Jefferson was sworn into office on March 4, 1801; his was the first presidential inauguration held in Washington, D.C. (George Washington was inaugurated in New York in 1789; in 1793, he was sworn into office in Philadelphia, as was his successor, John Adams, in 1797.) Instead of riding in a horse-drawn carriage, Jefferson broke with tradition and walked to and from the ceremony.
One of the most significant achievements of Jefferson’s first administration was the purchase of the Louisiana Territory from France for $15 million in 1803. At more than 820,000 square miles, the acquisition (which included lands extending between the Mississippi River and Rocky Mountains and the Gulf of Mexico to present-day Canada) effectively doubled the size of the United States. Jefferson then commissioned Meriwether Lewis (1774-1809) and William Clark (1770-1838) to explore the uncharted land, plus the area beyond, out to the Pacific Ocean. (At the time, most Americans lived within 50 miles of the Atlantic Ocean). The expedition, known today as the Corps of Discovery, lasted from 1804 to 1806 and provided valuable information about the geography, American Indian tribes and animal and plant life of the western part of the continent.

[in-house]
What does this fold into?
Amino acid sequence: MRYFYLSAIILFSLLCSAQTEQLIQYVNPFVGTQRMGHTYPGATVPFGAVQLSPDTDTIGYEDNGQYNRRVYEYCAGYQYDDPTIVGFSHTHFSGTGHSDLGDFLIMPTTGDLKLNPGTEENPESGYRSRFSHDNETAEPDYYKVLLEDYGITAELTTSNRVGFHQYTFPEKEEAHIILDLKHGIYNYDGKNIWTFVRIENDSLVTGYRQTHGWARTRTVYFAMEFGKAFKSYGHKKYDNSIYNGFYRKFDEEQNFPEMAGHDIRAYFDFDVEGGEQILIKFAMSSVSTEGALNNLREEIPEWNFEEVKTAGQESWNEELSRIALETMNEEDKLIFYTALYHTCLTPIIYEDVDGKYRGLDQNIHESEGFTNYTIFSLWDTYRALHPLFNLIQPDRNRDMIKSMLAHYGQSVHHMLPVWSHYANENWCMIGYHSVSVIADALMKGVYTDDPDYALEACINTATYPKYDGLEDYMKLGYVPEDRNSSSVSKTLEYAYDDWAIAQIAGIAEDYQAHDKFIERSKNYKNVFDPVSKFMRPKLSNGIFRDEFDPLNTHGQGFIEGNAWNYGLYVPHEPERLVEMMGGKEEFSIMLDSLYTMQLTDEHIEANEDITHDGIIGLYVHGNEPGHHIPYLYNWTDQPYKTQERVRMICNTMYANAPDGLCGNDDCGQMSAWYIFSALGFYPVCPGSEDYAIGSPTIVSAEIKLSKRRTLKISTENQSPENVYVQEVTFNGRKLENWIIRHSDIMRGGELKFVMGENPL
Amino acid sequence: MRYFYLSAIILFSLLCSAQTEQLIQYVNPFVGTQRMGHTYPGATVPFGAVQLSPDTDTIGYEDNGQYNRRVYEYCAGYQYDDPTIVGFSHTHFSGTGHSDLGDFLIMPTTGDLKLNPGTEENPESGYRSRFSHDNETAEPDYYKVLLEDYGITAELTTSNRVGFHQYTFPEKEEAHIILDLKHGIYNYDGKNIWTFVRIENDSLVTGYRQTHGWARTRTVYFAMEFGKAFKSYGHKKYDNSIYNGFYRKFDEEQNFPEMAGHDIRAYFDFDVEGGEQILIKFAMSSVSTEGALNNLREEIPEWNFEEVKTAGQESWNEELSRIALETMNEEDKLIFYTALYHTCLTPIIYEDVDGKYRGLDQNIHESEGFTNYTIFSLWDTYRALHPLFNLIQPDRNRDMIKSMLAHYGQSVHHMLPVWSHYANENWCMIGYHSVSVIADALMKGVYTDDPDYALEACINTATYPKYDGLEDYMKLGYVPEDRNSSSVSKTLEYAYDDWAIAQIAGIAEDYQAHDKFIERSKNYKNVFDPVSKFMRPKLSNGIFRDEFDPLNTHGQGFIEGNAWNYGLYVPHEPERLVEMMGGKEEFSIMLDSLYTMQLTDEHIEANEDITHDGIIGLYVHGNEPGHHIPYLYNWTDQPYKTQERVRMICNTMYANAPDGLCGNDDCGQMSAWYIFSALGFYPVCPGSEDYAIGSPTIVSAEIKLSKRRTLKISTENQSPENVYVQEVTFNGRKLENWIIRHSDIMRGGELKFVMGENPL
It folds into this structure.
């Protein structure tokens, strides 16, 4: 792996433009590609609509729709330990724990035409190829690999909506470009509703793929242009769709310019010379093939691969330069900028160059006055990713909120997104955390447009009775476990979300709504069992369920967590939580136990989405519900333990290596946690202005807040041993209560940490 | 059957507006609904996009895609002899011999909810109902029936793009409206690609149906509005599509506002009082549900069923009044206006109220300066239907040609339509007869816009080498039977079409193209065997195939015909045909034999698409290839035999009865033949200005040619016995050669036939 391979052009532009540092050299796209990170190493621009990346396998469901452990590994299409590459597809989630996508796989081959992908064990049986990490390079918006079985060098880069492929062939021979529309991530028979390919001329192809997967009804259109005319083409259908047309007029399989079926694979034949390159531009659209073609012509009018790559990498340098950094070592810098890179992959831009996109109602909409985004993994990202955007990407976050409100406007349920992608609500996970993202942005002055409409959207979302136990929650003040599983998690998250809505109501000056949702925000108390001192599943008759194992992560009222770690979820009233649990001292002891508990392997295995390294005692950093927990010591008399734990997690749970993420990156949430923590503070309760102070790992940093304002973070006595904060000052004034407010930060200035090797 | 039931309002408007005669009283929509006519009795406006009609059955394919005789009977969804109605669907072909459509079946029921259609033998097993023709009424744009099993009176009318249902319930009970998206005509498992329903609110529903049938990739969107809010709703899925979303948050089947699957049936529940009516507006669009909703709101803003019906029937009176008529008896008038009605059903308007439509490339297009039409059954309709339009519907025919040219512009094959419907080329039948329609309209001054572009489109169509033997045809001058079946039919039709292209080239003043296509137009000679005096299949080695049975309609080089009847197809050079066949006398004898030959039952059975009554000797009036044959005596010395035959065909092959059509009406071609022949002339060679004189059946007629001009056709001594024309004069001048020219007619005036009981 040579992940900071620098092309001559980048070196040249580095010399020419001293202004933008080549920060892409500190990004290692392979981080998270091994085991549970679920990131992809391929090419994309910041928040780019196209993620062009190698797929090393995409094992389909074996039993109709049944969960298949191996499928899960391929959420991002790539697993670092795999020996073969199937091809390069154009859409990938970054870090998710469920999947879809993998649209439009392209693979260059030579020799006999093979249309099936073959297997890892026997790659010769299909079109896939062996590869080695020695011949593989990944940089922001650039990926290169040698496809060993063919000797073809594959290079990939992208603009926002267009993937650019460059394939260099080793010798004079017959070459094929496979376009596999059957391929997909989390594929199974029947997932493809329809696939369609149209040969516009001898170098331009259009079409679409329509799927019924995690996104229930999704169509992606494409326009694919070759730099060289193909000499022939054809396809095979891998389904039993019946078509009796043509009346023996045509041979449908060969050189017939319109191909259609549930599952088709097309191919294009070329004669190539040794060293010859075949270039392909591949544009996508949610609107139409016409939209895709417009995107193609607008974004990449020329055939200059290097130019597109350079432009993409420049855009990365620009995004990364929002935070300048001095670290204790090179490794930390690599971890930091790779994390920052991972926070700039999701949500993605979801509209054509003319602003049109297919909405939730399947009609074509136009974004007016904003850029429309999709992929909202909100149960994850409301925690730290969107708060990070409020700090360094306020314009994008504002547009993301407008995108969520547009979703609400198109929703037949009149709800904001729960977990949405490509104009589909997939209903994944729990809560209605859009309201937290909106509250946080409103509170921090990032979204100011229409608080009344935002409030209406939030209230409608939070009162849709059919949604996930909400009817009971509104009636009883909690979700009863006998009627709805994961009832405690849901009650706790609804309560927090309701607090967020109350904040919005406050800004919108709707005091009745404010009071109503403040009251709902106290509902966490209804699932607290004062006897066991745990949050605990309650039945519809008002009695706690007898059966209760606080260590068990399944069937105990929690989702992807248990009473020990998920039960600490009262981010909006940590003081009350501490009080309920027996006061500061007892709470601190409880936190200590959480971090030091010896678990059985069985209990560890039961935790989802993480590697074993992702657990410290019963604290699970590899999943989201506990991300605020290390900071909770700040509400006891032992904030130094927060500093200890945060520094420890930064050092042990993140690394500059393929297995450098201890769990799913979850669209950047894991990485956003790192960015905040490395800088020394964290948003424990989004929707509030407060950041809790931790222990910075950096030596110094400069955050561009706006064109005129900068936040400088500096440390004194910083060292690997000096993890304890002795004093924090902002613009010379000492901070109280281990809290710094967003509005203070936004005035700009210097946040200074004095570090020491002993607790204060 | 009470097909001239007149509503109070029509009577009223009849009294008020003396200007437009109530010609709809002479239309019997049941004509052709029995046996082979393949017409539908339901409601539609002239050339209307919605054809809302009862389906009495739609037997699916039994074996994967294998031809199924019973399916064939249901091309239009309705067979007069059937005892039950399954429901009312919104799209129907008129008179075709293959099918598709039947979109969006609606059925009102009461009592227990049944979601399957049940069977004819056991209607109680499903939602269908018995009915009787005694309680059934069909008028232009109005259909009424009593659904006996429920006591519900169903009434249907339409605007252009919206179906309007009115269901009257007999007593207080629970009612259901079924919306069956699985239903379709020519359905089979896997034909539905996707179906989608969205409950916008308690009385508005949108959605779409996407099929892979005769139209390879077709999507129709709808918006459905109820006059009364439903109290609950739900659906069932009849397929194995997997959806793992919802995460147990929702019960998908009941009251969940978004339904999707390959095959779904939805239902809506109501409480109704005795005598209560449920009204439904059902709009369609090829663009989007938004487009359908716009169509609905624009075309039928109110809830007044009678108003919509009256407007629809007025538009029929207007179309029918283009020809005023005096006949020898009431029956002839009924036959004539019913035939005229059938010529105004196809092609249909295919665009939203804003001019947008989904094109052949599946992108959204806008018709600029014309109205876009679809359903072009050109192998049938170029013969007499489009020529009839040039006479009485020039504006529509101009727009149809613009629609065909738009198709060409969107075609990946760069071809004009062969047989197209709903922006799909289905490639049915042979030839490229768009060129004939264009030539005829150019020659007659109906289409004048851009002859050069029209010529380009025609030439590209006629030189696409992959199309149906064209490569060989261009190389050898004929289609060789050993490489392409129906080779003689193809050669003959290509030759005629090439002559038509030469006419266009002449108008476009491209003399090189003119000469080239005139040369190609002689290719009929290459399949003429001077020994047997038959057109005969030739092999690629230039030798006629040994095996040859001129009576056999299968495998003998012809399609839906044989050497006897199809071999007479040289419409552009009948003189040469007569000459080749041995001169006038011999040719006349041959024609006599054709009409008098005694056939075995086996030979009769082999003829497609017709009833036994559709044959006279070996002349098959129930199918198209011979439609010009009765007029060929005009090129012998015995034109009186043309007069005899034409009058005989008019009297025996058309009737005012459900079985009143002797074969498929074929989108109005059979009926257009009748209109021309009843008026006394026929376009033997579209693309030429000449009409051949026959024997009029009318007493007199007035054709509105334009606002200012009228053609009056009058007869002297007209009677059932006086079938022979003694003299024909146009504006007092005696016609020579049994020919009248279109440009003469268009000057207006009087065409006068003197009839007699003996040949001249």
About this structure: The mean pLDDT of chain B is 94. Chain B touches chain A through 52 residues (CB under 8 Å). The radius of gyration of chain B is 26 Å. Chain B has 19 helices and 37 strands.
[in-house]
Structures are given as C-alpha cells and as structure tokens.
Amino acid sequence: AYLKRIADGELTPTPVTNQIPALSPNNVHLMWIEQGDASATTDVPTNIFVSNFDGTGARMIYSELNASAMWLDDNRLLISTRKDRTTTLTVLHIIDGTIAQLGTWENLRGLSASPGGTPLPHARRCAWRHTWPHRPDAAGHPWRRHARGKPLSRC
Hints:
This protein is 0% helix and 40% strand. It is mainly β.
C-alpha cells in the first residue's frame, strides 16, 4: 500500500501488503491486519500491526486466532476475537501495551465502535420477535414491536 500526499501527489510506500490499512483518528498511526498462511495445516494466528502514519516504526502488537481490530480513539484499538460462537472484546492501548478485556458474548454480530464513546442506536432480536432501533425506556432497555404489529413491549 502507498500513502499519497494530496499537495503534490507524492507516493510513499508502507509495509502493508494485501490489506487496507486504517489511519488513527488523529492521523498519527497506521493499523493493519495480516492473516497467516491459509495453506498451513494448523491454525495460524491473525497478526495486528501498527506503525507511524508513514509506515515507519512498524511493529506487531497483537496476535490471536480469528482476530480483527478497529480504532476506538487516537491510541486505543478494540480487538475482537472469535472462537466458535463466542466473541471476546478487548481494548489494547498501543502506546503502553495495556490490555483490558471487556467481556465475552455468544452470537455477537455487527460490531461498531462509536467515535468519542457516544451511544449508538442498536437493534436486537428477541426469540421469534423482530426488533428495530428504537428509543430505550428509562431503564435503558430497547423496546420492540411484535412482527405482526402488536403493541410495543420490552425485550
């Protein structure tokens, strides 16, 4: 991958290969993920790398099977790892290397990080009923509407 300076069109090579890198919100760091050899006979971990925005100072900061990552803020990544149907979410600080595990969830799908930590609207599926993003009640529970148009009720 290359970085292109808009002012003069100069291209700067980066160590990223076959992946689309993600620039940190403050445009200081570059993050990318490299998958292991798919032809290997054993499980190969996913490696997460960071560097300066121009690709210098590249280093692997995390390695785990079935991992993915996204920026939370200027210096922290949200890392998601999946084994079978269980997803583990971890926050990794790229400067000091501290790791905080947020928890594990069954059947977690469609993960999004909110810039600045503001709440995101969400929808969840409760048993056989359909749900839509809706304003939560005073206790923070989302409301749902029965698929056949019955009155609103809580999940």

In 1804, Jefferson ran for re-election and defeated Federalist candidate Charles Pinckney (1746-1825) of South Carolina with more than 70 percent of the popular vote and an electoral count of 162-14. During his second term, Jefferson focused on trying to keep America out of Europe’s Napoleonic Wars (1803-15). However, after Great Britain and France, who were at war, both began harassing American merchant ships, Jefferson implemented the Embargo of 1807. The act, which closed U.S. ports to foreign trade, proved unpopular with Americans and hurt the U.S. economy. It was repealed in 1809 and, despite the president’s attempts to maintain neutrality, the U.S. ended up going to war against Britain in 1812.
Jefferson chose not to run for a third term in 1808 and was succeeded in office by James Madison (1751-1836), a fellow Virginian and former U.S. secretary of state.